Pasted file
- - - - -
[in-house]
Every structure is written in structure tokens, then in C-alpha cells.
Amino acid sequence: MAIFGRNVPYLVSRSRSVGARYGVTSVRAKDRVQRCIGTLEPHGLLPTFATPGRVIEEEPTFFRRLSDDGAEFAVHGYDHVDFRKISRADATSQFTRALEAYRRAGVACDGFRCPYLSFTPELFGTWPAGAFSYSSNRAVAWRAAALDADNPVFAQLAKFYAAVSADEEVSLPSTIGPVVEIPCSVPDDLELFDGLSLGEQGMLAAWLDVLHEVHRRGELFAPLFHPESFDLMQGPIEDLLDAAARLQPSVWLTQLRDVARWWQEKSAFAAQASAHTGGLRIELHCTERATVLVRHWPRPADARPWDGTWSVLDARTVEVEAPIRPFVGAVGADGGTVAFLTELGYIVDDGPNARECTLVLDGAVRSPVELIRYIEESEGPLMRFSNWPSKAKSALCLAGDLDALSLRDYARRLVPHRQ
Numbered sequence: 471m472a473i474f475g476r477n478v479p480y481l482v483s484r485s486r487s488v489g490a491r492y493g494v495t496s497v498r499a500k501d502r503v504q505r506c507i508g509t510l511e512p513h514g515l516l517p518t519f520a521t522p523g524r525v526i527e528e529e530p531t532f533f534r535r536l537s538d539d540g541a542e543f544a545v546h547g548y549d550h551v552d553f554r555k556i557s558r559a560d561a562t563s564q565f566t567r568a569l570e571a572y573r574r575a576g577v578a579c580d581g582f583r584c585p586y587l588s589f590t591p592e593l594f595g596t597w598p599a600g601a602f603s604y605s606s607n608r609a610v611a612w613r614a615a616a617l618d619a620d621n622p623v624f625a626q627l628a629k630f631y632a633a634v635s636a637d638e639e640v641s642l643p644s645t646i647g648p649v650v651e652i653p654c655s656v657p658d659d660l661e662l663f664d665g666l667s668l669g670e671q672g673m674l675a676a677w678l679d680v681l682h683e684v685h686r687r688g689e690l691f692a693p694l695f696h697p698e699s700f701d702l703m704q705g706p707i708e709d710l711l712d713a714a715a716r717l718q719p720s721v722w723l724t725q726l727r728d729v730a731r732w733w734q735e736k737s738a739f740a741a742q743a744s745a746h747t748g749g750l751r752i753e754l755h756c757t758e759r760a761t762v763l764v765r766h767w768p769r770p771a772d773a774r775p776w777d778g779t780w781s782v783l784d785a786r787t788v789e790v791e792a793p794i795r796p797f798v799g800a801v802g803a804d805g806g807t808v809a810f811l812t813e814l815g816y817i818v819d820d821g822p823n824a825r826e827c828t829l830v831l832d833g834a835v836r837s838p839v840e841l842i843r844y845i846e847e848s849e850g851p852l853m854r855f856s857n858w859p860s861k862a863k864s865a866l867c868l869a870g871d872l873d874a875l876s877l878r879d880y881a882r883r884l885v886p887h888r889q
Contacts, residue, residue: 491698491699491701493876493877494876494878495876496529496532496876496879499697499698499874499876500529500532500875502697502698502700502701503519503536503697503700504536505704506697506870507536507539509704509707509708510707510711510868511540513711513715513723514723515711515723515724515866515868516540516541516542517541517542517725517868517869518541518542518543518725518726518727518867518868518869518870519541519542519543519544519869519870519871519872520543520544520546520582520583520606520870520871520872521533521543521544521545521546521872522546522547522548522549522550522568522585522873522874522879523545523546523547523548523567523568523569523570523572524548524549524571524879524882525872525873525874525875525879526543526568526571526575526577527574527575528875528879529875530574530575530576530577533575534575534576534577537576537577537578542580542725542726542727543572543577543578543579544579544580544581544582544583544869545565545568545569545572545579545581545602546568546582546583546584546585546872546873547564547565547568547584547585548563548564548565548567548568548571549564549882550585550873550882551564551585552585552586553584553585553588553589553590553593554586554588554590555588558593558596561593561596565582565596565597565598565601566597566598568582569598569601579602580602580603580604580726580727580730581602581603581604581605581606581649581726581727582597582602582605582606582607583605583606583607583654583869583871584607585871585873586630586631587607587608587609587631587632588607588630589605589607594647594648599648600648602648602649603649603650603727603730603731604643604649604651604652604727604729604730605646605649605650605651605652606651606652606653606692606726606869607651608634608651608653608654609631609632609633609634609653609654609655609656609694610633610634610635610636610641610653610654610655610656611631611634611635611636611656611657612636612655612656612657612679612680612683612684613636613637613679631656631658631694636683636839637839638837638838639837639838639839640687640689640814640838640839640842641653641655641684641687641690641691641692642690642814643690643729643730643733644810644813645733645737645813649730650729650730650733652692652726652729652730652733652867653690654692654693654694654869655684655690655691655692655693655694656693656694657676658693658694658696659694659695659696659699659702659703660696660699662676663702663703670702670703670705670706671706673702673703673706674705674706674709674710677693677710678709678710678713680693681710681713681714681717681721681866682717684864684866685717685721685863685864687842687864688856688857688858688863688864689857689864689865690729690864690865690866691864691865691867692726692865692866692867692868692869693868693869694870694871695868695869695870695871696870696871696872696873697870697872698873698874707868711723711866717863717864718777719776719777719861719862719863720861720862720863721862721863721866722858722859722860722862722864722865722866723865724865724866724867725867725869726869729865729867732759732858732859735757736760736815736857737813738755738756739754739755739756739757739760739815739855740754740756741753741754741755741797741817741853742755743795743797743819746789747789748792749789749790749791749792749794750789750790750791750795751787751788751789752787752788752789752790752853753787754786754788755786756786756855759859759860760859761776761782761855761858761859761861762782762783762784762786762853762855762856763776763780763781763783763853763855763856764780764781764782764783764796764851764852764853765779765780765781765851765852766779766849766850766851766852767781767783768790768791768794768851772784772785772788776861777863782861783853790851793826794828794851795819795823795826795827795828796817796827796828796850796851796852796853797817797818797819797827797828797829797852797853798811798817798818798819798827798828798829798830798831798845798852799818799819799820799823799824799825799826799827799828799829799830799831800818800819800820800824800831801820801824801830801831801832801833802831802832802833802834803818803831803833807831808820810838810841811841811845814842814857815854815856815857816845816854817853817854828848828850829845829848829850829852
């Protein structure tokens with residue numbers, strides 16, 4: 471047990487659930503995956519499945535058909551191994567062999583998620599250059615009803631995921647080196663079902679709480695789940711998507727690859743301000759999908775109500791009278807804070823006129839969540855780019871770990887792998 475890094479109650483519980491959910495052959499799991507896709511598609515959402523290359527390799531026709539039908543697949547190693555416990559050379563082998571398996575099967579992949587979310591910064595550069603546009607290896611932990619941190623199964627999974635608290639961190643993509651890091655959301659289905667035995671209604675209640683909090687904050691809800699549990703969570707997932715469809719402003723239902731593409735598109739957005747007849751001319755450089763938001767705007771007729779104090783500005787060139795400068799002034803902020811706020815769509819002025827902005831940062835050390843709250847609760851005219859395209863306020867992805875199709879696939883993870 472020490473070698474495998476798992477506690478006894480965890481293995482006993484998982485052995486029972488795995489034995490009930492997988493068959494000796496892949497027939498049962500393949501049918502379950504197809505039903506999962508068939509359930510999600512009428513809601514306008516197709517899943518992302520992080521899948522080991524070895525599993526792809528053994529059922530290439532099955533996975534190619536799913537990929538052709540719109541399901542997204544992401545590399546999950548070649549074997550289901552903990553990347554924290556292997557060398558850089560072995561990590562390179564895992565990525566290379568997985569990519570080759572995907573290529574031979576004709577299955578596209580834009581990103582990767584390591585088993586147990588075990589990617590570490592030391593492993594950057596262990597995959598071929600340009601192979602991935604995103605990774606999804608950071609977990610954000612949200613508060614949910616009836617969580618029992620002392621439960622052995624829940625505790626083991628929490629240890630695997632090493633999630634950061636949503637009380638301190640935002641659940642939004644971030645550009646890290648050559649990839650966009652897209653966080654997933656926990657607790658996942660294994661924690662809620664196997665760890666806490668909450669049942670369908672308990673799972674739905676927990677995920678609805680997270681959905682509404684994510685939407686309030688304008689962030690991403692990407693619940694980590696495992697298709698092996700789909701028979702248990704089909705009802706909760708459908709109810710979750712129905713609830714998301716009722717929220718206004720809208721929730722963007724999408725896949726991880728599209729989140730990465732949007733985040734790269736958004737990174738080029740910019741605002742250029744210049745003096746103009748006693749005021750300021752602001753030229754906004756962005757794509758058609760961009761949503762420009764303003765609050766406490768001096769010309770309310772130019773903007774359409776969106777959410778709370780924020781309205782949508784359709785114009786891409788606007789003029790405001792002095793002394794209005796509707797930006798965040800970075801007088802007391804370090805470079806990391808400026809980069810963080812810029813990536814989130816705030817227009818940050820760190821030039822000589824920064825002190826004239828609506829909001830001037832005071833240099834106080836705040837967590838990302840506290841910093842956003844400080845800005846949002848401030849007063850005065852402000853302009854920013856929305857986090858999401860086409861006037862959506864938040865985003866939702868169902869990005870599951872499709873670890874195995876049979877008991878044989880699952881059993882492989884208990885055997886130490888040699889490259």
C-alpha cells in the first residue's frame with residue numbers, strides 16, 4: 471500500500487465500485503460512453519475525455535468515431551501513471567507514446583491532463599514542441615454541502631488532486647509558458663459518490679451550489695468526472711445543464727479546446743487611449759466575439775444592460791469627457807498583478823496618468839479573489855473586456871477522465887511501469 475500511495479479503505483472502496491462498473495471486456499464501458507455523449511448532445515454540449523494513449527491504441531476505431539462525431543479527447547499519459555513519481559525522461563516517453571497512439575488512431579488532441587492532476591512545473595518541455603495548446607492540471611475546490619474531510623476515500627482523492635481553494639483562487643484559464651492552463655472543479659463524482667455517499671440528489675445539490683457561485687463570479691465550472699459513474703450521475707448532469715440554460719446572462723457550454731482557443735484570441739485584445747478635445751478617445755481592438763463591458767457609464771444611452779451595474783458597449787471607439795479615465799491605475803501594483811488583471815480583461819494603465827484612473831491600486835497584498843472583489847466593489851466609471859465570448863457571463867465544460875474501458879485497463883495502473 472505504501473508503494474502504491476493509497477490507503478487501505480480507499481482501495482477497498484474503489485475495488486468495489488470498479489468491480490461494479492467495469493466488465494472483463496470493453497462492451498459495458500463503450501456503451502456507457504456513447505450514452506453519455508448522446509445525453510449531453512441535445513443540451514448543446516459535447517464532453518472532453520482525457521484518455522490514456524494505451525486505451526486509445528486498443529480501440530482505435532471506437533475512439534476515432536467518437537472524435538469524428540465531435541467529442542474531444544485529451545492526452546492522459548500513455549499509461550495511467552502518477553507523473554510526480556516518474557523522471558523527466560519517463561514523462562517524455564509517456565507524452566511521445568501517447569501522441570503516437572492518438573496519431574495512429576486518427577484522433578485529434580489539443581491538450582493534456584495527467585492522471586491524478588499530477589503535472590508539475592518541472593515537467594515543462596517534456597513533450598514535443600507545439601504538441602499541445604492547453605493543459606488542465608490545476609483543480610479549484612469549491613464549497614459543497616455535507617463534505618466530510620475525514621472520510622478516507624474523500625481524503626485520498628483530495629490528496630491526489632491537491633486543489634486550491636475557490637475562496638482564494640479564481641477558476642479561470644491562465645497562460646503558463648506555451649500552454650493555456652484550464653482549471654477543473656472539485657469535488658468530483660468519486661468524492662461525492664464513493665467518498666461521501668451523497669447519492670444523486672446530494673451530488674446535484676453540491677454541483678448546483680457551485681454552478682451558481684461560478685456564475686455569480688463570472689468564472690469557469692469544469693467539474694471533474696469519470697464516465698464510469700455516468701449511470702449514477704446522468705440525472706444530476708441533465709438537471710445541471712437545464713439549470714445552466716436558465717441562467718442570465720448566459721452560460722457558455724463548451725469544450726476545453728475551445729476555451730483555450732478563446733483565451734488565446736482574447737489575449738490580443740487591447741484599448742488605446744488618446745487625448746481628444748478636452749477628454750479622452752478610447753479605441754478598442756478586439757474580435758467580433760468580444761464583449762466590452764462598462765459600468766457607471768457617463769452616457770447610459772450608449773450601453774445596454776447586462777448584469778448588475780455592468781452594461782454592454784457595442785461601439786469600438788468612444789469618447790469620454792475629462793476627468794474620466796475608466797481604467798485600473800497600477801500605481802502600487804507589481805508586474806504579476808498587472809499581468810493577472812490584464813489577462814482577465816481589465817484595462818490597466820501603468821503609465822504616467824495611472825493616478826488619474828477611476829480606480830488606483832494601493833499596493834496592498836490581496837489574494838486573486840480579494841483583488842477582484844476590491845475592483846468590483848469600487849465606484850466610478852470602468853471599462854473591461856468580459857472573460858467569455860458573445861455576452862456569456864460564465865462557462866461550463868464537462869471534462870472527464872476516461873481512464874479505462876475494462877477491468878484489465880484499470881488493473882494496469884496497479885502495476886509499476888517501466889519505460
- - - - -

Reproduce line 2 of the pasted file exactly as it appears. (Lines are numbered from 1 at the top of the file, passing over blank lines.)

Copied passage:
Every structure is written in structure tokens, then in C-alpha cells.